2021-12-23: A great blog post for DAMON-enabled kernel has uploaded

2021-11-07: DAMON patches for automated memory management optimization, the physical address space monitoring support, and proactive reclamation have merged in the mainline.

2021-11-01: DAMON has released with Linux v5.15.

2021-10-14: DAMON_RECLAIM patchset is merged in the Amazon Linux 5.10.y kernel tree.

2021-10-02: DAMOS patchset is merged in the -mm tree.

2021-09-23: DAMON and DAMOS are presented in the kernel summit. Slides, Video, Link

2021-09-16: DAMON development tree on kernel.org is created.

2021-09-08: DAMON patchset is merged in the Linus Torvalds’ tree, aka mainline

2021-09-07: DAMON/DAMOS will be presented at the Kernel Summit 2021

2021-08-31: DAMON user-space tool is uploaded to the official Python packages system, PyPi

2021-08-06: DAMON patchset is merged in the -mm tree

2021-07-27: LWN published a second article introducing DAMON patchset series

2021-06-11: DAMON-based proactive reclamation RFC patchset has shared on the hackernews and introduced by a Phoronix article

2021-05-31: DAMON-based proactive reclamation RFC patchset has posted

2021-05-26: DAMON-enabled Amazon Linux 2 kernels have deployed to all users

2021-05-07: DAMON has merged in the public source tree for Amazon Linux v5.4.y kernel

2021-04-05: damo now supports heatmap visualization on the terminal

2021-03-31: DAMON user-space tool (damo) is released as an individual open source project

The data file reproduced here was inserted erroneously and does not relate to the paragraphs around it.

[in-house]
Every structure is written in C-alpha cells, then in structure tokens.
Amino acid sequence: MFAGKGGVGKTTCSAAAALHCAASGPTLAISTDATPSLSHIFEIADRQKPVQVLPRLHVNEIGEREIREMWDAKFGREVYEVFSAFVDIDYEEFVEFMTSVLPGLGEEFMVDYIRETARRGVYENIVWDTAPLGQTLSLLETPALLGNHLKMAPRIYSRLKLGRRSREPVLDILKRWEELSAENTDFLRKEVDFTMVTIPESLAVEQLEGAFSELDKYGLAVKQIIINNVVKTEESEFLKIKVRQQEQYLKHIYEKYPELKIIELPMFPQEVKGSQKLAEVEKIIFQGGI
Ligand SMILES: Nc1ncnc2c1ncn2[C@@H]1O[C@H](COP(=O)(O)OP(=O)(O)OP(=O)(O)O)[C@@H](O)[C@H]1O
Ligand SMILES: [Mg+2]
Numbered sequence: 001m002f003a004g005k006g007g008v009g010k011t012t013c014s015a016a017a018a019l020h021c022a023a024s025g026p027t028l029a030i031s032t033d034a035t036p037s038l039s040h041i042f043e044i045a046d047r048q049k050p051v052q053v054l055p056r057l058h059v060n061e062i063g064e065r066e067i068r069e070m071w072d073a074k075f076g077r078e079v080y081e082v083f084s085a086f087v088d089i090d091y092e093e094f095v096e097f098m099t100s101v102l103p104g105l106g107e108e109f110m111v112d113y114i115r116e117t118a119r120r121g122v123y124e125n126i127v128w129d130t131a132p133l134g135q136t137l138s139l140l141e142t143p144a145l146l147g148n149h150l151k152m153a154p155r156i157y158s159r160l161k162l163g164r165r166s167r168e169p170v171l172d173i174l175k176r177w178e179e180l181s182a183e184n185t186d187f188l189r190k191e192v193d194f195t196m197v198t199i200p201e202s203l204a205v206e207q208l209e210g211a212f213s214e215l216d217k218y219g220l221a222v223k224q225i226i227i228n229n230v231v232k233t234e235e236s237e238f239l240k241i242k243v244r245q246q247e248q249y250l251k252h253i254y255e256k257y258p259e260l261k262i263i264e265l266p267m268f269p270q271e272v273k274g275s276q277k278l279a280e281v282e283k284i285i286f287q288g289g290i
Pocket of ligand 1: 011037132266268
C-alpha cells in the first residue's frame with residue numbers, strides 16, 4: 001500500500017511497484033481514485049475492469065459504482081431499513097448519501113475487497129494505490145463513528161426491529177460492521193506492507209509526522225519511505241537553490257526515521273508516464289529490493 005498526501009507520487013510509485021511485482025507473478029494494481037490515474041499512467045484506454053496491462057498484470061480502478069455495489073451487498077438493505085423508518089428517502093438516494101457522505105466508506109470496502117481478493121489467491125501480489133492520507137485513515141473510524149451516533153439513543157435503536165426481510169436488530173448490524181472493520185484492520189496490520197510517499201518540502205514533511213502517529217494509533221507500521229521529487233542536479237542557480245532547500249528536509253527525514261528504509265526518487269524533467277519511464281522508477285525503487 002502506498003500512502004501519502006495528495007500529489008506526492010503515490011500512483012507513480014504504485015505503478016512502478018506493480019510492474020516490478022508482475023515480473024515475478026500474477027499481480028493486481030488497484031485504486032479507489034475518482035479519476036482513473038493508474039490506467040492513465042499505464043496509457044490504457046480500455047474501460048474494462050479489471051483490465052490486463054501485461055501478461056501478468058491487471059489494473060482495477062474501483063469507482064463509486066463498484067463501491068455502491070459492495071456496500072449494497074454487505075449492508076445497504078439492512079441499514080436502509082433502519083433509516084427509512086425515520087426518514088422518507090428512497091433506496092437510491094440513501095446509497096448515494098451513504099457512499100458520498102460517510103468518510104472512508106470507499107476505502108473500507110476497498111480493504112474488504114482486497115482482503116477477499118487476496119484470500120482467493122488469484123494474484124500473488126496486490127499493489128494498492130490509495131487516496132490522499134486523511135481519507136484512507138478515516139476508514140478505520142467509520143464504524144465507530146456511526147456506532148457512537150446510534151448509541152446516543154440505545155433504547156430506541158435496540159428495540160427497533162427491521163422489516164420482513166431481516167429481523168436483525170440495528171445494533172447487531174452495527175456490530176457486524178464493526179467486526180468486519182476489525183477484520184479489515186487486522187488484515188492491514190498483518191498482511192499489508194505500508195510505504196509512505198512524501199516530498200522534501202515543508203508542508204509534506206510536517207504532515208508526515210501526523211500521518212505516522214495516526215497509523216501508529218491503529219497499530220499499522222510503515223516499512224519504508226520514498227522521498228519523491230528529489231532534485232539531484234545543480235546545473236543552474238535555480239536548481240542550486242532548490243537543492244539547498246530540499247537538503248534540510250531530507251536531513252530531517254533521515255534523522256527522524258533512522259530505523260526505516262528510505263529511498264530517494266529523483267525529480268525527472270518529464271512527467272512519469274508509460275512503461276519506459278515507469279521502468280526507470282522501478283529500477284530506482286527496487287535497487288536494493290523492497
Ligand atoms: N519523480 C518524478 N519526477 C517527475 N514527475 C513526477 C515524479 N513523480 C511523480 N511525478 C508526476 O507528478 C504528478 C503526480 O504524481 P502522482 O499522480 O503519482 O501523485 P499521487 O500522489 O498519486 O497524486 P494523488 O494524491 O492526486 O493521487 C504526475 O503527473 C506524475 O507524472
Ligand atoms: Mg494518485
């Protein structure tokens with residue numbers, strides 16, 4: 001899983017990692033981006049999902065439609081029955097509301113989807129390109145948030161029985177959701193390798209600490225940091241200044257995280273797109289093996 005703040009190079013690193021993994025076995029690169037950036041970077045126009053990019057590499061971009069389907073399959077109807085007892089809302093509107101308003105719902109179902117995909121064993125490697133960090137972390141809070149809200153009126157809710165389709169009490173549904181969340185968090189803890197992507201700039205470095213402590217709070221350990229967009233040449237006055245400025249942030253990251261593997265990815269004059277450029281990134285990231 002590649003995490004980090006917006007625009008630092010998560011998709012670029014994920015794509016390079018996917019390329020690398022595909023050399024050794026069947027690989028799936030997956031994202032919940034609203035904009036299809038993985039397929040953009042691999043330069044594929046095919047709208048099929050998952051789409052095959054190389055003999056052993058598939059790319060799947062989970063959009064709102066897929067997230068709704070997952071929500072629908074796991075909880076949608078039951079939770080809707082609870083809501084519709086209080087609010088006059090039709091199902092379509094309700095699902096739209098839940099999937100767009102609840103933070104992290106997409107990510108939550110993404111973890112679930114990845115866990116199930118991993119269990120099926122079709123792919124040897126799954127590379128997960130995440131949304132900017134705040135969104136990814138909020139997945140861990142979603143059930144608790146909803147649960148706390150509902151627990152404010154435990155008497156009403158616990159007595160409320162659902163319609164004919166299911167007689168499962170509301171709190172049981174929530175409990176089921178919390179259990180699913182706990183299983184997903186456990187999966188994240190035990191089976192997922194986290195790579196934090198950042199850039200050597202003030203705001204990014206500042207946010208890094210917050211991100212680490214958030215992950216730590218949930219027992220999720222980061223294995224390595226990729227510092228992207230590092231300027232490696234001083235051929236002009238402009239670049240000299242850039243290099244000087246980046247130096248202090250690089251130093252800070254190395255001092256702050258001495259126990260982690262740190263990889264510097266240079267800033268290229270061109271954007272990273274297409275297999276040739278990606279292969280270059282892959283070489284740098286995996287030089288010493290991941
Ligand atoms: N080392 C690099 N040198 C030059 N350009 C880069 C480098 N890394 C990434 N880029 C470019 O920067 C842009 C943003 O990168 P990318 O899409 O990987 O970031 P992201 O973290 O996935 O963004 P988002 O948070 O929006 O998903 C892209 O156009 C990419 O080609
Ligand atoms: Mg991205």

2021-03-19: DAMON has merged in the public source tree for Amazon Linux v5.10.y kernel

2021-03-04: DAMON supports for two latest LTS kernels announced

2021-03-03: DAMON is merged in v5.10 based public Amazon Linux kernel tree

2021-02-25: An example usage of DAMON for profiling is shared

2021-01-07: A runtime system for DAMON-based optimal operation scheme finding is released

2020-12-03: Further plans around DAMON is shared

2020-11-17: A real-world user story of DAMON is shared

2020-09-26: The tests package for DAMON is released under GPL v2 license

2020-08-19: A demo video is available

2020-08-05: DAMON will be presented at the Kernel Summit 2020

2020-06-04: Physical Memory Monitoring is now available

2020-05-18: DAMON showcase website is announced

2020-05-13: DAMON official document is uploaded online

2020-02-20: DAMON has introduced by an LWN article

2020-02-10: The first RFC of Data Access Monitoring-based Operating Schemes (DAMOS) has posted to LKML

2020-01-23: The RFC of DAMON has introduced by LWN’s ‘Kernel patches of interest’

2020-01-20: The first RFC patchset of DAMON has posted to LKML

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SeongJae Park
Kernel / Hypervisor Engineer

SeongJae Park is a programmer who loves to analyze and develop systems.